German researchers link auto exhaust and poor health
Brussels, 18 October 2006
Most people would agree that a flat overlooking a motorway may be less than ideal. Though the aesthetic downsides to a flat near a busy road seem rather clear, could it actually also be hazardous to your health? A recent study conducted by German scientists indicate that it is, and quite.
The report, published in the September issue of Epidemiology, analysed the effects of air pollution and tiny particles in the air on the cardio-vascular condition of older women living near busy roads in North Rhine-Westphalia in Germany. Conclusions indicate that women living within 100 metres of highly frequented roads are 79 percent more likely to develop chronic obstructive pulmonary diseases (COPD).
Studies in the past have hinted at such phenomena and others have studied the situation over a limited period of time, but this is the first time there has been a long-term, statistical analysis in Germany of such a relationship between disease and air pollution from automobiles.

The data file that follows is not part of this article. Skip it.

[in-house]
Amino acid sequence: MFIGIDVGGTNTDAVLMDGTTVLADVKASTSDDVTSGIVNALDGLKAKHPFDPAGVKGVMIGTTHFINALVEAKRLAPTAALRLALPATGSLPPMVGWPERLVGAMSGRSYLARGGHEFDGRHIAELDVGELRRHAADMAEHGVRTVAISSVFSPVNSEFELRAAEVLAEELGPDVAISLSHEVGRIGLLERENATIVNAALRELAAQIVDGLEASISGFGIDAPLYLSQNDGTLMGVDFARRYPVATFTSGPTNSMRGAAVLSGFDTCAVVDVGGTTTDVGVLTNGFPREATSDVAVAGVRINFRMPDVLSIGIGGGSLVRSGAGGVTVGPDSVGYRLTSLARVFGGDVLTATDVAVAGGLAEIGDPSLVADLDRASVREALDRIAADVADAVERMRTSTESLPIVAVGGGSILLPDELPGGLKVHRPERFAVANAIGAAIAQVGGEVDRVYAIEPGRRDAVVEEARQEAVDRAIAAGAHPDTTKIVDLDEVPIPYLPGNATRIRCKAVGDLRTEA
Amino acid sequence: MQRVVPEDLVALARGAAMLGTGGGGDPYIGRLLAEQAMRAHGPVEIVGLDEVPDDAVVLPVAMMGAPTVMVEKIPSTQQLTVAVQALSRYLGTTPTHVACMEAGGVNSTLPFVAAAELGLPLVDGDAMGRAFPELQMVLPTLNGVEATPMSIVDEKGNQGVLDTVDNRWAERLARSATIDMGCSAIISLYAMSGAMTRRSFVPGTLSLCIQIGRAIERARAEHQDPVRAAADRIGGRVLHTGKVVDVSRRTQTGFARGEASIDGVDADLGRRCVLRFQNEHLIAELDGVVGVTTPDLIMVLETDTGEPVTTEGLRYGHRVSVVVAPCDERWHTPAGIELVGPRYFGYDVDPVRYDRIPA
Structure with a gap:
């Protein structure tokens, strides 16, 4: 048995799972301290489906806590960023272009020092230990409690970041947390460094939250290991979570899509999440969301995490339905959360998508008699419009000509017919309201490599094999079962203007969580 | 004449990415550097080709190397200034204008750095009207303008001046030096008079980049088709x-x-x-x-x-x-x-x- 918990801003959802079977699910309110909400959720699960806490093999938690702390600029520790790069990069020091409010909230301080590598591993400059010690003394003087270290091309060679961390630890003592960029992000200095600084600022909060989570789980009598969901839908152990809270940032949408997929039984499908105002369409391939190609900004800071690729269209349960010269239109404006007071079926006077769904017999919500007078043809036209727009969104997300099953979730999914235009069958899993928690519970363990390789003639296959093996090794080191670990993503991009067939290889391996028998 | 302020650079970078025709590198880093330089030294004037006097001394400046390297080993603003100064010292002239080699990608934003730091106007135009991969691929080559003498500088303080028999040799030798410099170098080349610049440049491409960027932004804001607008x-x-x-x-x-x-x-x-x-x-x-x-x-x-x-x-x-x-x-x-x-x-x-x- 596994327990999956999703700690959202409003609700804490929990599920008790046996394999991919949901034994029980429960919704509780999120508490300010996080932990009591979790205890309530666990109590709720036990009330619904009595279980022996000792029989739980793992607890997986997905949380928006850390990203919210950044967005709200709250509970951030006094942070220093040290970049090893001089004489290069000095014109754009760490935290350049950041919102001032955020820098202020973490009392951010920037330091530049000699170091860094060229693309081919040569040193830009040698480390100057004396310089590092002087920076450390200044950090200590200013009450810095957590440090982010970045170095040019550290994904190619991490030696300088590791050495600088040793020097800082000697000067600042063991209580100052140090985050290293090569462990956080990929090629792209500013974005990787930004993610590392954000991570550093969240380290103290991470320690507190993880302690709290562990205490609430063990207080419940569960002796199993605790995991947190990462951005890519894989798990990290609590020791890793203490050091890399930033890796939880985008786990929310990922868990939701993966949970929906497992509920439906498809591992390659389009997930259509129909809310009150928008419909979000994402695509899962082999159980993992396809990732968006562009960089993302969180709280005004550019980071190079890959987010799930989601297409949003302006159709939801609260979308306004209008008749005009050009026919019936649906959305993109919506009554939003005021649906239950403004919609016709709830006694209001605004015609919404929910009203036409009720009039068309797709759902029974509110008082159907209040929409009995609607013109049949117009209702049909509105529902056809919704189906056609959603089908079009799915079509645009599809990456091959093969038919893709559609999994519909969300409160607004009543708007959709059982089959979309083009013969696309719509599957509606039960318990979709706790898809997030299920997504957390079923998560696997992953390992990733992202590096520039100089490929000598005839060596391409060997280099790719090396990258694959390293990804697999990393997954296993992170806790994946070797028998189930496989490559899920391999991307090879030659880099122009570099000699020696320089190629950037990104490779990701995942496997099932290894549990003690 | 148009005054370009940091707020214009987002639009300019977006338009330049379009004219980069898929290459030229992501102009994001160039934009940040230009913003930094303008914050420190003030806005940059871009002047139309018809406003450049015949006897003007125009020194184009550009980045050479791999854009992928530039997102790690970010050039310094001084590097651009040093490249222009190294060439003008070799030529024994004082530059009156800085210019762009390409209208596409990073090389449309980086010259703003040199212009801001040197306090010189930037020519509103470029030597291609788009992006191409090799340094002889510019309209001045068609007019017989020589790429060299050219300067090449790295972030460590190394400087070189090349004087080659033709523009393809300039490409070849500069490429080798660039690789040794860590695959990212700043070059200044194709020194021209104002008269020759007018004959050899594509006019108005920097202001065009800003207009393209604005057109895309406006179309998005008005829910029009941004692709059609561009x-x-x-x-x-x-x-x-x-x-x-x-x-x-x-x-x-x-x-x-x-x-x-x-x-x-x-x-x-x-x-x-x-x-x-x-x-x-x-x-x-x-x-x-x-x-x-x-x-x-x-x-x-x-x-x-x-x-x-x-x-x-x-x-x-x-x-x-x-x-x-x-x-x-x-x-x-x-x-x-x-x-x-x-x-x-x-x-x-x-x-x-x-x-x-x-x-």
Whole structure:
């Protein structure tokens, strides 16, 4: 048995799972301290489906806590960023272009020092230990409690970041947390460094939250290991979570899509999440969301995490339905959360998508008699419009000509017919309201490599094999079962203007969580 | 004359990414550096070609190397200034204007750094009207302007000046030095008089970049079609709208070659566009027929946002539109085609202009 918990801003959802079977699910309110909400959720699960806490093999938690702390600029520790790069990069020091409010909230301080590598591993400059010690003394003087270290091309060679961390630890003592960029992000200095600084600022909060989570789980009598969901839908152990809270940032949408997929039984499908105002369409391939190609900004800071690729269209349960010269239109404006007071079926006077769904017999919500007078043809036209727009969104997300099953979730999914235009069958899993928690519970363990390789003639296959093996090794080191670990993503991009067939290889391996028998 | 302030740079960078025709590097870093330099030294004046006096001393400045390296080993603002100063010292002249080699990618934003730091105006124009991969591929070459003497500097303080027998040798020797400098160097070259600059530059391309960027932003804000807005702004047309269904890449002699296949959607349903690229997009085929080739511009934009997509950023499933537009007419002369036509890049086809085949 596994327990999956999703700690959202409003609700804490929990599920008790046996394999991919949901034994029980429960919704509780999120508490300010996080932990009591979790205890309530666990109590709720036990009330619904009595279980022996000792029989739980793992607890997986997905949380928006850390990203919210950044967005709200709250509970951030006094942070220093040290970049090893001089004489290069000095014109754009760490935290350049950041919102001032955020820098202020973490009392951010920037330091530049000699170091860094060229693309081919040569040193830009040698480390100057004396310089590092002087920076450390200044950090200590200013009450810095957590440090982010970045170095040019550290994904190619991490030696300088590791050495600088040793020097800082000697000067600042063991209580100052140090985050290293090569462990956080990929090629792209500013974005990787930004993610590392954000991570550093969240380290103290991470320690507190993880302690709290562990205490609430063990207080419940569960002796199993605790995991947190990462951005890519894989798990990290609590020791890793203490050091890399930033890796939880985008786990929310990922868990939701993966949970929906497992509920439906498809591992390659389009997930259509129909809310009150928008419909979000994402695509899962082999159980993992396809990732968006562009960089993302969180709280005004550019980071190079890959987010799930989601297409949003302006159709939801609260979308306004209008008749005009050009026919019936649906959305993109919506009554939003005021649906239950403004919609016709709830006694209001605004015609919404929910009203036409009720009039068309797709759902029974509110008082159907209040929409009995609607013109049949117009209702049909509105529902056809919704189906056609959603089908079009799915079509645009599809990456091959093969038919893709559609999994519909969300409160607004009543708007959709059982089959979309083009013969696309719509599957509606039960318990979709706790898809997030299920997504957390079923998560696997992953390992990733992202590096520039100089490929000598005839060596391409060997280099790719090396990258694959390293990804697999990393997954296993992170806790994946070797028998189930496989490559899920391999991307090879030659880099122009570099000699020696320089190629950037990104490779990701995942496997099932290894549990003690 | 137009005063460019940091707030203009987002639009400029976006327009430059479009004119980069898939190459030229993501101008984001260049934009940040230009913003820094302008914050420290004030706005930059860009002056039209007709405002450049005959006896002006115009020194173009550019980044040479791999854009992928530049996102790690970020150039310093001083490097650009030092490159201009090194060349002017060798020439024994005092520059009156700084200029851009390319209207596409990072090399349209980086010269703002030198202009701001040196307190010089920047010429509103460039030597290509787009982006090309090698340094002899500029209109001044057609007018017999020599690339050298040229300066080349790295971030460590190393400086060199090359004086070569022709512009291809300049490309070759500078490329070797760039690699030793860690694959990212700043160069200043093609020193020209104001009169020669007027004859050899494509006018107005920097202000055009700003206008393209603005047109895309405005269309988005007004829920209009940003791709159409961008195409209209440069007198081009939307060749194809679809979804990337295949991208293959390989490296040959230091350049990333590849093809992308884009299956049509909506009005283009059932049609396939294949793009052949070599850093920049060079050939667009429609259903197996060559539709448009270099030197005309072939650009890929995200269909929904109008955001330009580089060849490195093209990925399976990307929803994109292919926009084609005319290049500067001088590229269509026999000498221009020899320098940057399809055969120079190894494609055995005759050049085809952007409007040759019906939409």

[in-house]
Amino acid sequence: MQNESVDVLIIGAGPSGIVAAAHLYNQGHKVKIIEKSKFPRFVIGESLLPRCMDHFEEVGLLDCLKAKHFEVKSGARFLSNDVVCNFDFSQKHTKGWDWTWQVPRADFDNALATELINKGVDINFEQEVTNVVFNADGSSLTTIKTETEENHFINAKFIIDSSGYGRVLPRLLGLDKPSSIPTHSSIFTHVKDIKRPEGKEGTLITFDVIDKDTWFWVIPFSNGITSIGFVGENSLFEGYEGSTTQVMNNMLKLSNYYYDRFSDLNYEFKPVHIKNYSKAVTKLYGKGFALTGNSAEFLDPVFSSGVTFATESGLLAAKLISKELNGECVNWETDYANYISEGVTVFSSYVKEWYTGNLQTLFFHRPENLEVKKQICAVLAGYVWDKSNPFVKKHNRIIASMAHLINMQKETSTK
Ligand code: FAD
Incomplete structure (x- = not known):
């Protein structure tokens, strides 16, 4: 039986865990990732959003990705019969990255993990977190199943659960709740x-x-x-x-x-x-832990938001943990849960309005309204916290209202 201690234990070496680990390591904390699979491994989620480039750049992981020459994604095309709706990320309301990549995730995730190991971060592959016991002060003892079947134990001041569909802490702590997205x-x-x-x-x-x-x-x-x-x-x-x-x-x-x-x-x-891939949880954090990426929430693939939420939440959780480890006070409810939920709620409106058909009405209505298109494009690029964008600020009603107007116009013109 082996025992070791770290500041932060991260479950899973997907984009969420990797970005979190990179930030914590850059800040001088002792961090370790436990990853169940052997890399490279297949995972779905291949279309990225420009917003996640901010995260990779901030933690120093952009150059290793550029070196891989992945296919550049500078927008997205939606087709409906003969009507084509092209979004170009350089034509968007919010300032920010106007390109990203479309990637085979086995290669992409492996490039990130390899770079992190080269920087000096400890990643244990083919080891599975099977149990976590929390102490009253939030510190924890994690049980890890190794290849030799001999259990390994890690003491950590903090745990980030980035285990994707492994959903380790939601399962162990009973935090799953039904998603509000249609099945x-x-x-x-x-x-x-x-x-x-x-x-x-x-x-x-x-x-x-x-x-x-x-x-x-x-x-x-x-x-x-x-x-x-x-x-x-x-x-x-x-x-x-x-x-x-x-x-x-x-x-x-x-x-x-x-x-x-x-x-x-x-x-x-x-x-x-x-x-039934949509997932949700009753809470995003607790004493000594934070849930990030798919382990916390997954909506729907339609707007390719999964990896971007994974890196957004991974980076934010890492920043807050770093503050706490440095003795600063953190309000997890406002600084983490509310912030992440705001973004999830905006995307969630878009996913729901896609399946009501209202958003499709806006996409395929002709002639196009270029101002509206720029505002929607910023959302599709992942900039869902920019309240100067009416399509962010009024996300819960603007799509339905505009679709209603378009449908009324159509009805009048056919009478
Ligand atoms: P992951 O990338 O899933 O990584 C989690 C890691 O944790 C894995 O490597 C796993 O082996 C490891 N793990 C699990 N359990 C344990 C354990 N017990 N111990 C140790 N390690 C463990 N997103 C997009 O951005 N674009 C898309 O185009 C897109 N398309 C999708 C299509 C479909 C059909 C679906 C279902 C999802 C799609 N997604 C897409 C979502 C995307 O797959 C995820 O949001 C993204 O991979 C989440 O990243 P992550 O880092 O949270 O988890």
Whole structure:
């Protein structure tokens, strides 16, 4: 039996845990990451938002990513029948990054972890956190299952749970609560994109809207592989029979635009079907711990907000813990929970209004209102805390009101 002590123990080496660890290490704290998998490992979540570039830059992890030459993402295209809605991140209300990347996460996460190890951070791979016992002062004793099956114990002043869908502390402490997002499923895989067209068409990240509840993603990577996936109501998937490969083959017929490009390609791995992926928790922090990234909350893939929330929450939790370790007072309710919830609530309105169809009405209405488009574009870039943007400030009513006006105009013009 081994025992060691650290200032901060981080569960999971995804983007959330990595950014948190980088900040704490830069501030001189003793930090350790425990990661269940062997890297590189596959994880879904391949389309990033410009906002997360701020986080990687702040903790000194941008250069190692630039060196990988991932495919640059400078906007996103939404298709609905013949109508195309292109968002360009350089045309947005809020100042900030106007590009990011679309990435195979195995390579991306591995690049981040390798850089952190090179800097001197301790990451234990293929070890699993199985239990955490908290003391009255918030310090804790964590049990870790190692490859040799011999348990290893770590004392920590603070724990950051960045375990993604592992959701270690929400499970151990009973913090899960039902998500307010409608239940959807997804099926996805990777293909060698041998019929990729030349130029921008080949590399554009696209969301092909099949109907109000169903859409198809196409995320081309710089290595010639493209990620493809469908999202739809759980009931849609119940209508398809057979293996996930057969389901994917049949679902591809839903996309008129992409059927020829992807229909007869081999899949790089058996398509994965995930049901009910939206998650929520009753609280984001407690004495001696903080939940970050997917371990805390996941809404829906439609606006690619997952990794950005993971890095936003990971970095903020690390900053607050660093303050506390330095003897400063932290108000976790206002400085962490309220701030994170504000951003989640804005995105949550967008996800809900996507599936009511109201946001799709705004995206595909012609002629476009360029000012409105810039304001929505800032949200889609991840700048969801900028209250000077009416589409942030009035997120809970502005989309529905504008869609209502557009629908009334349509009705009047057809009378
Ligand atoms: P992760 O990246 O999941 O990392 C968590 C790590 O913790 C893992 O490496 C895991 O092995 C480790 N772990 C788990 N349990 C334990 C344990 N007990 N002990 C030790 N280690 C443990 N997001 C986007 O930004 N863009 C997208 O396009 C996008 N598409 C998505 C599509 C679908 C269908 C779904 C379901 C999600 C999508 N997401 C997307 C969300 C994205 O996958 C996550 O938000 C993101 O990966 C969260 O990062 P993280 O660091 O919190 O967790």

The data for the study come from projects started in the 1980s. From 1985 to 1994, sicentists studied the effects of air pollution on the health of women aged 55. Then, between 2002 and 2005 researchers reviewed the data from 4800 of the subjects for details on mortality, on chronic respiratory diseases and on their pulmonary function.
They discovered that 3 percent of the study group died from cardiopulmonary causes, i.e. diseases of the cardiovascular system or the respiratory system, that were provoked as a result of living near busy roads.
These evaluations were carried out by scientists from the National Research Center for Environment and Health and the Environmental Health Research Institute, both research institutions in Germany funded by the Ministry of the Environment and Nature Conservation, Agriculture and Consumer Protection of the State of North Rhine-Westphalia.
As a result of their findings, the researchers are recommending stricter regulation for air pollution. Recently, scientists from the European Respiratory Society (ERS), the International Society for Environmental Epidemiology (ISEE) and the International Society for Exposure Assessment (ISEA) signed a joint declaration calling for strong legislation at the EU level to limit certain particles present in air pollution.
They argue that the reduction of tiny particles suspended in the air could lead to the reduction of anywhere from 4500 to 22 000 premature deaths per year of people 30 and older from such diseases lung cancer, chronic bronchitis, cardiovascular complications and others.